Drones (or Quadcopters) provide the perfect vehicle for students to capture video from perspectives they may not otherwise be able to reach. Operating a drone can be a challenge for anyone and this is exacerbated for students with a physical and/or cognitive disability. Fine motor control is required along with a high degree of hand-eye coordination. For many individuals with physical disabilities such as Cerebral Palsy operating a drone with the supplied controller is not an option. For other students with cognitive impairments the reward of interacting with a drone may be great, but the method of control is too complex.
Currently using drones in Special or Additional Education is rare. As far as we are aware the only other UK college working toward this is National Star College in Cheltenham. Some projects are taking place in the USA to encourage the use of drones in education such as First Person Aerial http://www.firstpersonaerial.com/, however these tend to be targeted at mainstream, STEM engagement.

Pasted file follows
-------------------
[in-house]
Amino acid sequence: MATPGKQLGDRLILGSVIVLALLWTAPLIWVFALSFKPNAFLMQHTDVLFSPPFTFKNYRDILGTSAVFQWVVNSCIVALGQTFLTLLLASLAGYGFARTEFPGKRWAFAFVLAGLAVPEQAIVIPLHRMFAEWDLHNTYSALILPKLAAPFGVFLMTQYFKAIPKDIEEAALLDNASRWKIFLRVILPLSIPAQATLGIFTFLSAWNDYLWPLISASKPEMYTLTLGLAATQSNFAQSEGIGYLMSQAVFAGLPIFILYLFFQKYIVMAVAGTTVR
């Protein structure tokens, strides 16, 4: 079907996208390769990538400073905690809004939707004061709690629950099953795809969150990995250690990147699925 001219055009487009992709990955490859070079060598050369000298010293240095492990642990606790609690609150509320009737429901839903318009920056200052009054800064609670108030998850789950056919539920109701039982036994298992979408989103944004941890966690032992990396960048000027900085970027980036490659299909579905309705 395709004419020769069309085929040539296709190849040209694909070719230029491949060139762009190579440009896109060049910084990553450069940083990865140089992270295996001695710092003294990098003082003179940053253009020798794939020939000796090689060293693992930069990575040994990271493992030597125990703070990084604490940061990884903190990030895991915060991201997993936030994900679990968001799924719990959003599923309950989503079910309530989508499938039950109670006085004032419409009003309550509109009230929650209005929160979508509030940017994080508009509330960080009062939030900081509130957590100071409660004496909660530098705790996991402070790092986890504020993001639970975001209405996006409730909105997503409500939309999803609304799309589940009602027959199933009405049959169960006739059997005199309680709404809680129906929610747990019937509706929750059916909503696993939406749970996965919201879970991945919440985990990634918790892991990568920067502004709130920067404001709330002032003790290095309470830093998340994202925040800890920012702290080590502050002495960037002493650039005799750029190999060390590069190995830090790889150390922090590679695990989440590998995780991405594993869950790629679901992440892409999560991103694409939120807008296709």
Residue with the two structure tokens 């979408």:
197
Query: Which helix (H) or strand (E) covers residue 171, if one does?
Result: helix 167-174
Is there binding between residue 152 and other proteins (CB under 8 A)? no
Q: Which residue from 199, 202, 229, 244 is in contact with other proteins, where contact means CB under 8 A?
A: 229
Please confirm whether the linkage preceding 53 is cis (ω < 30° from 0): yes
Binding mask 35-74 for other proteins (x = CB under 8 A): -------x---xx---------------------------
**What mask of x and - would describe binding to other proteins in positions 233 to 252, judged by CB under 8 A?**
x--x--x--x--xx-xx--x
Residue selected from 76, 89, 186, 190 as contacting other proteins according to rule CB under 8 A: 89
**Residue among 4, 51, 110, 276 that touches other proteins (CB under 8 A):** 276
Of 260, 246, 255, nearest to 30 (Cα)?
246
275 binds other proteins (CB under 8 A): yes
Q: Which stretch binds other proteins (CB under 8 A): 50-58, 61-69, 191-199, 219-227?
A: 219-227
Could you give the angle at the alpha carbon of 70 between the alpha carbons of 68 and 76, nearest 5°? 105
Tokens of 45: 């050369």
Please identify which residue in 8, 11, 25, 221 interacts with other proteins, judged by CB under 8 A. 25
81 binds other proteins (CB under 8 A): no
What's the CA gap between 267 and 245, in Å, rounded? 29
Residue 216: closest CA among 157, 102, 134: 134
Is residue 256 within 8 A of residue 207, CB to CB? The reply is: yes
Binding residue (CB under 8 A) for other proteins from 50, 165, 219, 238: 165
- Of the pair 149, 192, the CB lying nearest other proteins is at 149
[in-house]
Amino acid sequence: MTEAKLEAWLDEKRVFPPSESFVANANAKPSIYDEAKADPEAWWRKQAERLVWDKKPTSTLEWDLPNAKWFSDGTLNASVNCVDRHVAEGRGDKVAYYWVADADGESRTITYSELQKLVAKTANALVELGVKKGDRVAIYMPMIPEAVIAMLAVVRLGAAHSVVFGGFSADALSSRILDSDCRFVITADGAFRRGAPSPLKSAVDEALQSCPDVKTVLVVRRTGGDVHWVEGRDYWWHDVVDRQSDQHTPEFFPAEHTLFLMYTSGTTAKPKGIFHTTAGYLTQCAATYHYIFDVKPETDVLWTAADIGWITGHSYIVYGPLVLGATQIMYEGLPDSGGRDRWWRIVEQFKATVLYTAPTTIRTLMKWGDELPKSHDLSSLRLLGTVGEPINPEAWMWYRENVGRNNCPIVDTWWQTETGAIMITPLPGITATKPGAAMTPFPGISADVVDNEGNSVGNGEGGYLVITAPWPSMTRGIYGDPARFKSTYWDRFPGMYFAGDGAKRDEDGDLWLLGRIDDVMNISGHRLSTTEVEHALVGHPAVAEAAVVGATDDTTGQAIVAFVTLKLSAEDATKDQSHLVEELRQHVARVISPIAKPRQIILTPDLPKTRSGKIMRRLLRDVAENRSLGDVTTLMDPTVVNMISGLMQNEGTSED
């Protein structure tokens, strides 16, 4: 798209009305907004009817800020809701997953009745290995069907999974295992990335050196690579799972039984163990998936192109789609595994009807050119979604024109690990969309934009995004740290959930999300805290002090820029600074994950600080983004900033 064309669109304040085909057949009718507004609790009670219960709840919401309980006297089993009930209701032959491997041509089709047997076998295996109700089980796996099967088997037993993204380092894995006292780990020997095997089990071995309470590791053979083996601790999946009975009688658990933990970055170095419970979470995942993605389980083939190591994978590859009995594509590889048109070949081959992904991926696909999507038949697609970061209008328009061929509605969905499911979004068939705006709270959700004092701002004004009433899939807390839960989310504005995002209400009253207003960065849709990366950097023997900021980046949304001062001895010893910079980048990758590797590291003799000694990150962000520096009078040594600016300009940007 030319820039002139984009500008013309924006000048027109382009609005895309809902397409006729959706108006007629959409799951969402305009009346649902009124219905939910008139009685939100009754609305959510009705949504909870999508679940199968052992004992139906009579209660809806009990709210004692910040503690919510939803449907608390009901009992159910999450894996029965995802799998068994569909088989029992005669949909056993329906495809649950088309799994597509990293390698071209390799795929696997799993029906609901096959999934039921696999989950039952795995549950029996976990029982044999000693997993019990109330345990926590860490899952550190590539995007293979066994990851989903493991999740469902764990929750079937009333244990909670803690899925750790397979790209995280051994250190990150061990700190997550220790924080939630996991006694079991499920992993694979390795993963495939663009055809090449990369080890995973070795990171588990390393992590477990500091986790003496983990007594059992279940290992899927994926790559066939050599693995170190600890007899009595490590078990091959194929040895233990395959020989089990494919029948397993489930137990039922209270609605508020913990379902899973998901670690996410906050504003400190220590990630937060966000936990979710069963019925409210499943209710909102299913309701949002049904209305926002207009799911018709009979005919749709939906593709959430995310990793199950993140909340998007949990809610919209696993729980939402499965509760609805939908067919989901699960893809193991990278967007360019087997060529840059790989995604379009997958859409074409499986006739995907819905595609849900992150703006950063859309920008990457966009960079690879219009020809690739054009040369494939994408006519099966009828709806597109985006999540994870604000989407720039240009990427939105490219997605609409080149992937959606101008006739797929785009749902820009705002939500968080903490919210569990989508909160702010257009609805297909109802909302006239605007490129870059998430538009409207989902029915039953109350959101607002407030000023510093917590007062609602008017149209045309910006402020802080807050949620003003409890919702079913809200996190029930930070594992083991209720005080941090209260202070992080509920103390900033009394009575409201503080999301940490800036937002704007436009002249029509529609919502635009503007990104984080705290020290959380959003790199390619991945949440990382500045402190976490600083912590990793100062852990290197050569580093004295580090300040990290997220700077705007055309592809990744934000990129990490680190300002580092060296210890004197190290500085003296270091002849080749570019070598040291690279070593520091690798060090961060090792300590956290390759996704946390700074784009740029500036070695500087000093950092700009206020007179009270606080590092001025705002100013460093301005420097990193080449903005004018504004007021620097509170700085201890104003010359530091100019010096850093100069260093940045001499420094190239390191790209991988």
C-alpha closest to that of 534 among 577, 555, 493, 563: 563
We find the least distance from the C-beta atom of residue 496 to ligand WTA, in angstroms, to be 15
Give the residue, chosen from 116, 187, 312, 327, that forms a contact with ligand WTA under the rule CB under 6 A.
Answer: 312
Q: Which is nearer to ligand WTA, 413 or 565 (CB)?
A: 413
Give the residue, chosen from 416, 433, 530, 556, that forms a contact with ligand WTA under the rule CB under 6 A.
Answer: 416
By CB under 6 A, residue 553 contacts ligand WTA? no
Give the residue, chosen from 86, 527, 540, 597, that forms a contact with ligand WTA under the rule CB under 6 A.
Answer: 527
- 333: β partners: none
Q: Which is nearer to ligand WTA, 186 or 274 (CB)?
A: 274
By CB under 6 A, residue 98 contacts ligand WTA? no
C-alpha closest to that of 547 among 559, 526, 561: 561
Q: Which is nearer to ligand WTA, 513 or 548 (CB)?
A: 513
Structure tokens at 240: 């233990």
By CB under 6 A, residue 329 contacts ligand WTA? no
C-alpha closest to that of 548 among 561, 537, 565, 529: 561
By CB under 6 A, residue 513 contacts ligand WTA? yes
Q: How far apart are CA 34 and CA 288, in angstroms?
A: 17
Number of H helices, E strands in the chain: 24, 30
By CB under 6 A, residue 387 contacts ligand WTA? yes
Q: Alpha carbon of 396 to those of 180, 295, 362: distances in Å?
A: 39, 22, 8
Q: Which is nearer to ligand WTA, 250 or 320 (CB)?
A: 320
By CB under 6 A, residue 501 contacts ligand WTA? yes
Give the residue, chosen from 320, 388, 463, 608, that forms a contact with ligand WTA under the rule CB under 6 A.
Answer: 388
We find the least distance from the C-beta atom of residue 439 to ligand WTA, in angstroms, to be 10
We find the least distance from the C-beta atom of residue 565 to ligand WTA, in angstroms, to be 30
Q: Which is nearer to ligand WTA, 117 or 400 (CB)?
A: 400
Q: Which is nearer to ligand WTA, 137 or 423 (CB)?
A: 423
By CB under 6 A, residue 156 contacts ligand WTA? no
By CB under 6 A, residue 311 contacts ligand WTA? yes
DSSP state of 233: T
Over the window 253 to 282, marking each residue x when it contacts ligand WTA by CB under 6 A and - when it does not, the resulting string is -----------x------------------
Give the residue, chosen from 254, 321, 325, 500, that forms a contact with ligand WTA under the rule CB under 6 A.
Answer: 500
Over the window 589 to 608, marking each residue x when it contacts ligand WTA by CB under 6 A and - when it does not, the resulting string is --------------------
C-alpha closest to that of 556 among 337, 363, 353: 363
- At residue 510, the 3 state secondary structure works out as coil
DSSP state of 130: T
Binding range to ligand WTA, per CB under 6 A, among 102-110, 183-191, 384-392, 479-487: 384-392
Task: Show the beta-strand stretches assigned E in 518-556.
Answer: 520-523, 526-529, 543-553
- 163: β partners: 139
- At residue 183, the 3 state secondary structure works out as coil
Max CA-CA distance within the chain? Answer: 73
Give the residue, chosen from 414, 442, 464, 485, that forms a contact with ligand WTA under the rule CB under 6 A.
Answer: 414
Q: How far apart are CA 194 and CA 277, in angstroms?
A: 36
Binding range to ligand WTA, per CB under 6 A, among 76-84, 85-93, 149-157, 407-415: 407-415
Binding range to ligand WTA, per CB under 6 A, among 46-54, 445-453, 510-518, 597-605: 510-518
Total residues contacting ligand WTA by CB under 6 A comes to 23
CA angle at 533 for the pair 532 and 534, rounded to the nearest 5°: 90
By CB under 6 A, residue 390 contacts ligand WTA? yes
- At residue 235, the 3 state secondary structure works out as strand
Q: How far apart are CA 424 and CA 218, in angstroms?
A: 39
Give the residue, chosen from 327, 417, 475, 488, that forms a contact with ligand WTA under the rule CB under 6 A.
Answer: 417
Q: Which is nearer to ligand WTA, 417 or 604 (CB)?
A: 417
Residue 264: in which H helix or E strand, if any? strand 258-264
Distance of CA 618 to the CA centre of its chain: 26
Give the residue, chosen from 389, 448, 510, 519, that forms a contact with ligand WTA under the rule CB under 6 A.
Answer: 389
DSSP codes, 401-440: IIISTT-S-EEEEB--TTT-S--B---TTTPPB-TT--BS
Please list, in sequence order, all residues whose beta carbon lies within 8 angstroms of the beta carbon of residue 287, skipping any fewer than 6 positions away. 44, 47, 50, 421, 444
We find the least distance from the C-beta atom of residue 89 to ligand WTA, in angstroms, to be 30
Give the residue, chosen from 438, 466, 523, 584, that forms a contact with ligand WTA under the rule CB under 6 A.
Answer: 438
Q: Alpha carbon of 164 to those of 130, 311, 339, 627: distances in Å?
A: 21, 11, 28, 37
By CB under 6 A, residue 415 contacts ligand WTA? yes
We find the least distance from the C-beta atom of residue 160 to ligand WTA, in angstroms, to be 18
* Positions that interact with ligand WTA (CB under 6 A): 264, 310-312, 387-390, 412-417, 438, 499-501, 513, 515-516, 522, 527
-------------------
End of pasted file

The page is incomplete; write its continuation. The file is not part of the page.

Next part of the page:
The Assistive Technology team at Beaumont College have been collaborating with developers from Lancaster University to create a system which will enable students to control the drone via a touchscreen or access switches. The drone in use was specifically chosen as the control software is open-source. This has enabled development of a tablet based control system which isolates the drone’s movements. Users are now able to activate a single movement without the chance of activating another.
This session will show the outcomes of implementing this technology for operation by individuals with complex support needs, whilst highlighting the challenges. It will demonstrate how the drone can now be accessed by students with a wide range of physical and cognitive impairments. Future plans for development will also be discussed.